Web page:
Avoiding the division of this landscape was of utmost importance. For Māori, mountains are “intensely sacred natural landscapes” which have their own mauri (life force) and are considered tupuna (ancestors) (Ruru 2004, p.115). For the Ngati Tuwharetoa iwi, Tongariro is a spiritual an ancestral center; as Jacinta Ruru writes, “[t]he volcanic mountain is described in ancient tribal stories as a great force in a universe where everything is alive-it is “regarded with respect and humility as well as with awe” (2004, p . 122). Māori are kaitiaki (guardians) of their environments, viewing the natural world as part of their whanaunga (family relations) and caring for the landscape as one would care for “one’s own blood and bones – literally” (Ruru 2004, p.115).

Unfortunately, following the Gift, the agreed-upon national park status did not come immediately, as “the government unsuccessfully sought ownership from Ngati Tuwharetoa of the surrounding Tongariro summit land for inclusion in the national park” for the next seven years; eventually, the Tongariro National Park Act of 1894 enabled the government to simply take the land by force and establish it officially as a national park in exchange for “monetary compensation” (Ruru 2004, p.122). In common discourse, the Gift of Tongariro is lauded as an example of cooperation between a colonial government and indigenous resident, with both parties in agreement regarding the etails of the Gift (Baird 2012)(Ruru 2004); however, as Ruru (2004) writes, “while the 1887 gift illustrates cooperation, the government’s actions thereafter did not.”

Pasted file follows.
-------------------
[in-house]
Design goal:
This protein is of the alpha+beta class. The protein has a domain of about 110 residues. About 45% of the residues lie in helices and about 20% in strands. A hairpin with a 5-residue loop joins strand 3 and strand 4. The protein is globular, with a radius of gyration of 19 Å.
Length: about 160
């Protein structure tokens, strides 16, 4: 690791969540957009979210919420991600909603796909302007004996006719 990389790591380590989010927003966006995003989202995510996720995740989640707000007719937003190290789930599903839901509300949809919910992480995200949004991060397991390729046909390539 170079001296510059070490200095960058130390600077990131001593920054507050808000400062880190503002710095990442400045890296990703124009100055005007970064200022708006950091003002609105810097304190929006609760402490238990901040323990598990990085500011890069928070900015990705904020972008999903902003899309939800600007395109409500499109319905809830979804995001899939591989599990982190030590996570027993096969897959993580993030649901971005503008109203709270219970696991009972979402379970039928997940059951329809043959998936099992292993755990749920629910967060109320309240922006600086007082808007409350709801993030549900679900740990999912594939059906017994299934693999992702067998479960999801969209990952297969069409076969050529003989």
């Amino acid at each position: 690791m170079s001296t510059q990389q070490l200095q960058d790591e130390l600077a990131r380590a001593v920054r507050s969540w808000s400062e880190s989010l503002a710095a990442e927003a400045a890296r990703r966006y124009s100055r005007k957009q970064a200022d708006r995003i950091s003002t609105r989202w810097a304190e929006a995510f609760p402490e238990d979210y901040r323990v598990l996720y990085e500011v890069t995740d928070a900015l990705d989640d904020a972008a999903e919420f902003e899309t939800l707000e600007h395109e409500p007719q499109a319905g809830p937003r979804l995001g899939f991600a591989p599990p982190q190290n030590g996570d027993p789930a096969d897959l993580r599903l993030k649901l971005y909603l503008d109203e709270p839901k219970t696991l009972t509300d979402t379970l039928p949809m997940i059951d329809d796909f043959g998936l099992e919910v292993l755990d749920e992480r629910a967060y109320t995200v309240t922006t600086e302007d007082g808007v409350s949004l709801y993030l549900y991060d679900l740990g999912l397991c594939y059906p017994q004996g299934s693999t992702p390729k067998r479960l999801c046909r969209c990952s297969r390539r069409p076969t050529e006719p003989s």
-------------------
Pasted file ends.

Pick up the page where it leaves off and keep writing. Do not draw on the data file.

From a Māori perspective, much like Waitangi, the Gift was a “chiefly gift exchange that would require reciprocity and protection” of the sacred lands and mountaintops of Tongariro; however, the Crown saw it as “a deed of conveyance that transferred ownership” with the focus resting largely on tourism opportunities in the region (Baird 2012, p. 331) (Ruru 2004). Like the Treaty of Waitangi, the Gift of Tongariro carries with it a double narrative: That which was originally intended and agreed upon by the Ngati Tuwharetoa people, and that which was interpreted and made reality by the government.


Tongariro’s Cultural World Heritage Status and the Cartographic Voice

Tongariro, with its complex history, necessarily embodies an equally complex set of meanings and interests: its spiritual and cultural significance, its ecological value, and its role as a tourist attraction. Often, these narratives are as much at odds with one another as the dual translations of the Treaty of Waitangi or the multiple interpretations of the Gift of Tongariro. Since it became a national park in 1887, Tongariro’s value as an ecological or recreational preserve and as a cultural landscape have frequently been treated as mutually exclusive. As Jacinta Ruru describes, early in New Zealand’s colonial history “mountains were ‘often viewed as wastelands, unless commodified for purposes of tourism or…recreational pursuits'” (2004, p.117). For example, the protection Tongariro received as a national park was initially seen as “allow[ing] the ‘useless’ and ‘worthless’ area to become ‘a very great pleasure resort for all kinds of people'” (Ruru 2004, p.117).

However, in the 1980s, the National Parks Act expanded this focus on tourism and recreation to include the “intrinsic” ecological value of national parks, stating that “‘areas of New Zealand…contain scenery of such distinctive quality, ecological systems, or natural features so beautiful, unique, or scientifically important that their preservation is in the national interest’” (Ruru 2004, p. 128) (Department of Conservation 1980). As Ruru (2004) also notes, however, this recognition of environmental significance still does not recognize the landscape as also having cultural and spiritual importance.